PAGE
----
LIVE: Ticker-tape parade for USWNT gets underway in New York

Just after 9:30 a.m. on Wednesday, the ticker-tape parade to celebrate the World Cup champion U.S. women’s national team began along Broadway in New York City.

American co-captain Megan Rapinoe rode on the main float with New York Mayor Bill de Blasio, who waved an American flag, and several teammates, including Julie Ertz, Ali Krieger and New York native Allie Long, who held the World Cup trophy.

Twelve floats were set to carry players, coaches and other honorees from the Battery to City Hall.

Players and fans were showing their enthusiasm well before the scheduled 9:30 start time.

“NYC it’s parade time let’s do this!,” U.S. midfielder Kelley O’Hara tweeted. “Bonus points to anyone who brings me a beer or 4.”

Rapinoe arrived at Wednesday’s festivities with her own beverage in hand.

“I am sooo excited, because it’s beautiful out and I’m with my teammates, and we’re going to have so much fun,” U.S. forward Mallory Pugh said in a video posted on Twitter shortly after 8 a.m.

The weather is indeed beautiful, with temperatures expected to be between 78 and 84 degrees. CBS and ABC will stream the parade online and via their mobile apps, and EarthCam will offer a free, live webcast of the festivities. It will also air on Fox Sports 2 and ESPNU.


Workers prepare New York’s City Hall for a ceremony following Wednesday’s ticker-tape parade. (Kathy Willens/AP)

Before Wednesday’s parade, New York Gov. Andrew M. Cuomo (D) addressed reporters at the Battery.

“I think they are a model of possibility for women across the world with what they’ve accomplished,” Cuomo said of the U.S. team. “ . . . These 23 champions are banging on the glass ceiling that is still in existence in the United States of America. They’re going to keep banging until they break it.”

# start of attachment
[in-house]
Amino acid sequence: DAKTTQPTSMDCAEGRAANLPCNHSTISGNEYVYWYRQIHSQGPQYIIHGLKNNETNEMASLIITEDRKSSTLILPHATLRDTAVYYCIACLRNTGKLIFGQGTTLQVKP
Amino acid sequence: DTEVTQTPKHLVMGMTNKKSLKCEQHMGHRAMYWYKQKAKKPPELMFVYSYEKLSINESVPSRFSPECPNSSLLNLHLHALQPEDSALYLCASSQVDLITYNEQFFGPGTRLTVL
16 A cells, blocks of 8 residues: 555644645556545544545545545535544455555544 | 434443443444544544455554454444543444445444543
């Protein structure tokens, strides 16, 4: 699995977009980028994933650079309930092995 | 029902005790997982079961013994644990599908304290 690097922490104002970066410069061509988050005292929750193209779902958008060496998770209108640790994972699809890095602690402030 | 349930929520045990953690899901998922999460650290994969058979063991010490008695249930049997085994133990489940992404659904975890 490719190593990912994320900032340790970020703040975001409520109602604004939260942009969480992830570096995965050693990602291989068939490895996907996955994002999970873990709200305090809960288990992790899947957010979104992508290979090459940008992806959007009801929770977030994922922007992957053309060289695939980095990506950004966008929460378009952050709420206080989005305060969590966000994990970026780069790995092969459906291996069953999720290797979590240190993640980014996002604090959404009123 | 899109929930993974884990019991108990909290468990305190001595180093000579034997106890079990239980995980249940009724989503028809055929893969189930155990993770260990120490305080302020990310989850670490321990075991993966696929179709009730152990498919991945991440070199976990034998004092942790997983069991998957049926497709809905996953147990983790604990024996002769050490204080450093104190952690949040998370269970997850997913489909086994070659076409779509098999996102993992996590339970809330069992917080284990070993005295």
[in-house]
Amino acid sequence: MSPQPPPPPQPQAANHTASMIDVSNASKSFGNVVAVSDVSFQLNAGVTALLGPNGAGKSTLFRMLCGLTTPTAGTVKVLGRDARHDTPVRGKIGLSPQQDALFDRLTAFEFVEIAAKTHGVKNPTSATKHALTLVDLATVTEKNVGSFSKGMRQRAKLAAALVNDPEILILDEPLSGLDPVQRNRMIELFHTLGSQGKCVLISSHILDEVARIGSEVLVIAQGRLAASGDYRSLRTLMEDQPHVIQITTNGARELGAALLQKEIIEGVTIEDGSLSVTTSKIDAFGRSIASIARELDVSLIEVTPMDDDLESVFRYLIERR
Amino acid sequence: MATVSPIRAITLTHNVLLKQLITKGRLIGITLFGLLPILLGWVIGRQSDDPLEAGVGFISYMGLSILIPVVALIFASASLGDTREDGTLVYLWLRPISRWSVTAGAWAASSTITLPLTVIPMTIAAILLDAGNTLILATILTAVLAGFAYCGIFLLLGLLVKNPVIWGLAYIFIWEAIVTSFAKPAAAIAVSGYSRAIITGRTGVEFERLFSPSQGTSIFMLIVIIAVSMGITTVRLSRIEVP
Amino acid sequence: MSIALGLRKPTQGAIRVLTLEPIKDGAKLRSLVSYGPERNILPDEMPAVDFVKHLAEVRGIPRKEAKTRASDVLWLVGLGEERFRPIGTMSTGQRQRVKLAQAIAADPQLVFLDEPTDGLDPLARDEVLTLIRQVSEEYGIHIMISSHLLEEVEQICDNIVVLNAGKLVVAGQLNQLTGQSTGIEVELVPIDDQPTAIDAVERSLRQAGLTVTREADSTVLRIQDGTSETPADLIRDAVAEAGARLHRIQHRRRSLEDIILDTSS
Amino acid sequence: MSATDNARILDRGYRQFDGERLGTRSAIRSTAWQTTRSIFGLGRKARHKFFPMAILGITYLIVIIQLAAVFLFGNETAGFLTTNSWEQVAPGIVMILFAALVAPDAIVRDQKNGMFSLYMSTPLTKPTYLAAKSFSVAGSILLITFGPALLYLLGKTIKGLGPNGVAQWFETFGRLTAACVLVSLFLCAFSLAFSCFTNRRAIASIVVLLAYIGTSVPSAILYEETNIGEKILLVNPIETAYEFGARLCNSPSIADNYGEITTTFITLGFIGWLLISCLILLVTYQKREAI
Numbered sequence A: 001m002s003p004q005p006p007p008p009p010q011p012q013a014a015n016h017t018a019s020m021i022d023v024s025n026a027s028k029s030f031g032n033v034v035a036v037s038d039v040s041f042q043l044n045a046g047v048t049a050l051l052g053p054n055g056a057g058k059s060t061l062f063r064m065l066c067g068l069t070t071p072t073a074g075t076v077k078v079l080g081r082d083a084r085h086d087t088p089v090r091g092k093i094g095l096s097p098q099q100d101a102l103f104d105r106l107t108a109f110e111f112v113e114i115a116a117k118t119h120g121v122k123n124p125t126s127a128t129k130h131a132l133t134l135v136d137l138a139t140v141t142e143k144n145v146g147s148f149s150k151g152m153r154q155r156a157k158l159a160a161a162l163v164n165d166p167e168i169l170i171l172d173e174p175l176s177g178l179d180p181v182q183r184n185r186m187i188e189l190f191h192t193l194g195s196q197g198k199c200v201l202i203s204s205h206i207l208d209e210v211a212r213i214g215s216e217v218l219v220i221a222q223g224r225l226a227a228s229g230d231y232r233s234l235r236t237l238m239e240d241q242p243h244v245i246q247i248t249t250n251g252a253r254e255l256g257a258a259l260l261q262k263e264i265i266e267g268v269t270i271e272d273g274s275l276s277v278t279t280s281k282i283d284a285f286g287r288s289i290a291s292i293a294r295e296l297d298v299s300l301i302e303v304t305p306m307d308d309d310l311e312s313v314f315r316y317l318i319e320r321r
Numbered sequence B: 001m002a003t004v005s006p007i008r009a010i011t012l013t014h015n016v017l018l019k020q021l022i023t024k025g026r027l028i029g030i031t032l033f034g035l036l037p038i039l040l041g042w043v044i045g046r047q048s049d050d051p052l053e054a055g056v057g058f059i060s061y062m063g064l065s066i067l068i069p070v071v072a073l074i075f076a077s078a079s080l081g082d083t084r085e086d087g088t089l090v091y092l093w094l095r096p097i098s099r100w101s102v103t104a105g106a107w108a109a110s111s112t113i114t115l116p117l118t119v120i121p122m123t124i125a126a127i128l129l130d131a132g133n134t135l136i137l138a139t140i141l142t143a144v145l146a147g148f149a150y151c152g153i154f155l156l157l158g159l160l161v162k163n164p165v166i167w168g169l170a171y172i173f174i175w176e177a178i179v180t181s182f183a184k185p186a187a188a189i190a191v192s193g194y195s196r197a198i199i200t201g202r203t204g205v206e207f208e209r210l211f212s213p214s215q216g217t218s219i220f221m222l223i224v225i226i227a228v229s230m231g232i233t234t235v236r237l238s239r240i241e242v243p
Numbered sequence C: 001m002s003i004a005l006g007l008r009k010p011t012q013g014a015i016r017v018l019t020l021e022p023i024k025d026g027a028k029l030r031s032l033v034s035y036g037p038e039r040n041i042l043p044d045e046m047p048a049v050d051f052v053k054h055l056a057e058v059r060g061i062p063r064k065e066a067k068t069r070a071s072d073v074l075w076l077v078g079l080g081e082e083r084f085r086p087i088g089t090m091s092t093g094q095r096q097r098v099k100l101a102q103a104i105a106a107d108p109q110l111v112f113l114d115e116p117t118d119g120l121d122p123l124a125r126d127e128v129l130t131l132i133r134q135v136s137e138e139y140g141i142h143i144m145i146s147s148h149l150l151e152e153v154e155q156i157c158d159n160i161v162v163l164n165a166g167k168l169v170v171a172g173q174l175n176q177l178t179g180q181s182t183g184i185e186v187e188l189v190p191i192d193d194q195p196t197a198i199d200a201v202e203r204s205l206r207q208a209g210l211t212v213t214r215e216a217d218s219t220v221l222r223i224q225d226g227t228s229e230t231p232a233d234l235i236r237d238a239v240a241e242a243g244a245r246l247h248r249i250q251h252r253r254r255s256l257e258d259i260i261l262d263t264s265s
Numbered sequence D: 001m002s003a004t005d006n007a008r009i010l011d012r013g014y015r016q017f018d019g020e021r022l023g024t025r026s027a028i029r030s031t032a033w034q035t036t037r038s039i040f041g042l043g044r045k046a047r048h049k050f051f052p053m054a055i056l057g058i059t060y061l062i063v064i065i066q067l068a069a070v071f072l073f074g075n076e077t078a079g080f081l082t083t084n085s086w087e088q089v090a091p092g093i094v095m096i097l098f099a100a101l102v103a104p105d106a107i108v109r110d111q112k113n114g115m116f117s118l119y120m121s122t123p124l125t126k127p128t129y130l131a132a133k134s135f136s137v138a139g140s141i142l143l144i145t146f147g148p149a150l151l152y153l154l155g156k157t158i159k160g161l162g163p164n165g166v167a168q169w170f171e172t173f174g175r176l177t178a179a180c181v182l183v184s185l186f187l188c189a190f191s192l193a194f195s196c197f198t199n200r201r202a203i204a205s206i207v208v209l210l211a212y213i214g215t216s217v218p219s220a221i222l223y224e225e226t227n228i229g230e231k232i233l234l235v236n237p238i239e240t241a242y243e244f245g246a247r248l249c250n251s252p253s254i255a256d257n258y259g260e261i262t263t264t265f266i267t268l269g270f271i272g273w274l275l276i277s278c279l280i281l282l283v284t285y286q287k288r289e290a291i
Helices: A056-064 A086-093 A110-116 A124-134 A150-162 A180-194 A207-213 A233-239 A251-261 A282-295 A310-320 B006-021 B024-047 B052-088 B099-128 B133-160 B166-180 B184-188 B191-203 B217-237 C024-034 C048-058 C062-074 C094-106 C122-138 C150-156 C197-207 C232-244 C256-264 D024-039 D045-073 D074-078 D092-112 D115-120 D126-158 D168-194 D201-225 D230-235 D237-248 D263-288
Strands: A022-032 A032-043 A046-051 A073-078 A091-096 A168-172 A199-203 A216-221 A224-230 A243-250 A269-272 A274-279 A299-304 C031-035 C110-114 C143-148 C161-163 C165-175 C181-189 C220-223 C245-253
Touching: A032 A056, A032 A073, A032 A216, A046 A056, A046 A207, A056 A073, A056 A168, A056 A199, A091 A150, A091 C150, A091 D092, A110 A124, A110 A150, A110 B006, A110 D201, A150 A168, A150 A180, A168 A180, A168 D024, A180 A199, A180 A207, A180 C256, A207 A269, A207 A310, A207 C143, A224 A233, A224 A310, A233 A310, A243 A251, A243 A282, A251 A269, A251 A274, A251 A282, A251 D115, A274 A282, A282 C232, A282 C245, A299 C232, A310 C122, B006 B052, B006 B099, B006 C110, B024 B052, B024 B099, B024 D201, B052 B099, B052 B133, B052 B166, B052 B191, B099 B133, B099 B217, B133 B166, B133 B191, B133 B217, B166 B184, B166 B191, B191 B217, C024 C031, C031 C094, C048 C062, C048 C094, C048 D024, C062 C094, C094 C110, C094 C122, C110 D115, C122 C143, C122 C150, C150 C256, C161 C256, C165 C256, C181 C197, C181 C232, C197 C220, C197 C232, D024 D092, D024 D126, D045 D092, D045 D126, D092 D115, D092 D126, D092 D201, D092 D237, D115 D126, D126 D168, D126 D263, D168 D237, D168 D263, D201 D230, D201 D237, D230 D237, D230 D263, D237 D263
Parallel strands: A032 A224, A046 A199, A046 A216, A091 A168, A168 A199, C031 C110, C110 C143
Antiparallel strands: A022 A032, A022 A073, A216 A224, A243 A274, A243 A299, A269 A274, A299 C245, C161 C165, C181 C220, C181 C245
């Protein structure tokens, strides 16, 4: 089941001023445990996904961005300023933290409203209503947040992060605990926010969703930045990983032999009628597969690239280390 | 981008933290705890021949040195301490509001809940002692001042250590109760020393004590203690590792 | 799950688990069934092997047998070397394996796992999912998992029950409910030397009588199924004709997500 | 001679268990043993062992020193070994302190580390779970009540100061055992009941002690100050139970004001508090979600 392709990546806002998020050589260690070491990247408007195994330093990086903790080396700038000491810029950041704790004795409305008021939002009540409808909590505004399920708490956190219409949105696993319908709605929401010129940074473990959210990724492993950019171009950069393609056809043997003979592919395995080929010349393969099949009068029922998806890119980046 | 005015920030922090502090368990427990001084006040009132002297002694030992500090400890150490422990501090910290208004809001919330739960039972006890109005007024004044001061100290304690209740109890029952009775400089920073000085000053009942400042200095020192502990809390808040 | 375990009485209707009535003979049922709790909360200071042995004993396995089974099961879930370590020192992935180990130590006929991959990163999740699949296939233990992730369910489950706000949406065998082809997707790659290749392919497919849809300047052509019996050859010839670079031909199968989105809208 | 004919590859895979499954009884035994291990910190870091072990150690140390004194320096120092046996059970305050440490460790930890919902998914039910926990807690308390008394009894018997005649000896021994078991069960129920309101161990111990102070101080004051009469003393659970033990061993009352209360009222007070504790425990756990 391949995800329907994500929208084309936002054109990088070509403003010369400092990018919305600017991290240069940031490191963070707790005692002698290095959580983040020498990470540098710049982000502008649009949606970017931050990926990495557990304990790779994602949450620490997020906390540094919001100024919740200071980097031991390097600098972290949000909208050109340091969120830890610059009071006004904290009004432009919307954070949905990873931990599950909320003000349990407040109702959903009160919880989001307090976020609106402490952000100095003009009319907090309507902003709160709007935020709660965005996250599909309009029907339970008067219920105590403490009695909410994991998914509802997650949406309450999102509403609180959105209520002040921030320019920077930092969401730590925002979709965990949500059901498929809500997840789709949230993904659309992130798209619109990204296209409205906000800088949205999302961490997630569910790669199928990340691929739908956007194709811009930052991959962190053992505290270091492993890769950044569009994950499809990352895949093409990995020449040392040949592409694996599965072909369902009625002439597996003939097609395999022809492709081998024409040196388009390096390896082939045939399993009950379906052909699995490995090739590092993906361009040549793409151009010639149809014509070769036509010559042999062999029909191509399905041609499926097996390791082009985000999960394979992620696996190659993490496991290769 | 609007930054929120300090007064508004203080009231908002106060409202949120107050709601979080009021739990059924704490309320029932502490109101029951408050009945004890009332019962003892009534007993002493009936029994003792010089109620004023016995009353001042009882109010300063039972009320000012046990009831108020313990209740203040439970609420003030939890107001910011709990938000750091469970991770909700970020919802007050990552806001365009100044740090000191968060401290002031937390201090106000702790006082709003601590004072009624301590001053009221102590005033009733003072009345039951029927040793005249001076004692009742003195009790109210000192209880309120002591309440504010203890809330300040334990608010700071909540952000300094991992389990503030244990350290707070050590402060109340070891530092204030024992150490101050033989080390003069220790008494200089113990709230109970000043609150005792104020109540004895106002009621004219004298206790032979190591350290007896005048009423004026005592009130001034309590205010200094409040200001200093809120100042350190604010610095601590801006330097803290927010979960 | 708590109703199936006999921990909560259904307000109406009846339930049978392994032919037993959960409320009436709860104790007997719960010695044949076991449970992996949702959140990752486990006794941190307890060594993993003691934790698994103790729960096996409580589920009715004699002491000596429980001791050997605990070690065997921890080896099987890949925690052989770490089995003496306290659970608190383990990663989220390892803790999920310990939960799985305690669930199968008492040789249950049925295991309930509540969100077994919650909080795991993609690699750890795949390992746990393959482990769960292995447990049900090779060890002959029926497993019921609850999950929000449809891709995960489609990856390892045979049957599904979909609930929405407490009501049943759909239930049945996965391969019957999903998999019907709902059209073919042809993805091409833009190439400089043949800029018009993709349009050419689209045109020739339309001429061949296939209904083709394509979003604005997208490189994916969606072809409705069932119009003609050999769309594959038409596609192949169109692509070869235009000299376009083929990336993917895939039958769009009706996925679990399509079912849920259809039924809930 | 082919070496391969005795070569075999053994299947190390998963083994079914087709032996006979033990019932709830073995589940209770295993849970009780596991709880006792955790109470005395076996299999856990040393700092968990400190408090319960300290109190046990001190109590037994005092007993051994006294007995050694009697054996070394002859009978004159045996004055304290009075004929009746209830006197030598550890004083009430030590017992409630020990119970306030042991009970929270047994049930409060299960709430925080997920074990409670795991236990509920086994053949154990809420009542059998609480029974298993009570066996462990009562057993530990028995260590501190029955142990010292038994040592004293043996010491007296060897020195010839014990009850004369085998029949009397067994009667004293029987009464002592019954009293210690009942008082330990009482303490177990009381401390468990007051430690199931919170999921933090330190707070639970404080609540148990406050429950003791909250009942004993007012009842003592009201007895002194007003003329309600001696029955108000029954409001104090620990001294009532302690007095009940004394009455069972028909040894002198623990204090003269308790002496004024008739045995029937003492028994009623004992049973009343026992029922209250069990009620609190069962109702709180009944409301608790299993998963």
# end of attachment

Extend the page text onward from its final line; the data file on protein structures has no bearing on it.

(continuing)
Cuomo concluded his prepared remarks by signing an equal pay law.

“There is no rationale that the women should not get paid what the men get paid,” Cuomo said to cheers. “FIFA and the U.S. Soccer conference have done this team a disservice and an injustice. . . . We say to the U.S. Soccer league and we say to FIFA, if you don’t pay women what you pay men, then you have no business in the state of New York.”

New York City didn’t waste time in stepping up to honor the champions.

“To our 2019 World Cup Champion USWNT,” New York Mayor Bill de Blasio tweeted after the United States’ 2-0 win over the Netherlands in Sunday’s final. “You have inspired the entire country — and New York City knows how to celebrate champions. We’ll see you Wednesday at 9:30 a.m. for the Ticker Tape Parade down the Canyon of Heroes. #OneNationOneTeam.”

The mayor’s office announced Sunday that a limited number of tickets would be available to the general public to attend a ceremony at City Hall at 10:30 a.m. Wednesday following the parade. Registration opened at 2 p.m. Monday and closed within seconds. The mayor’s office later noted that the parade is free and open to the public.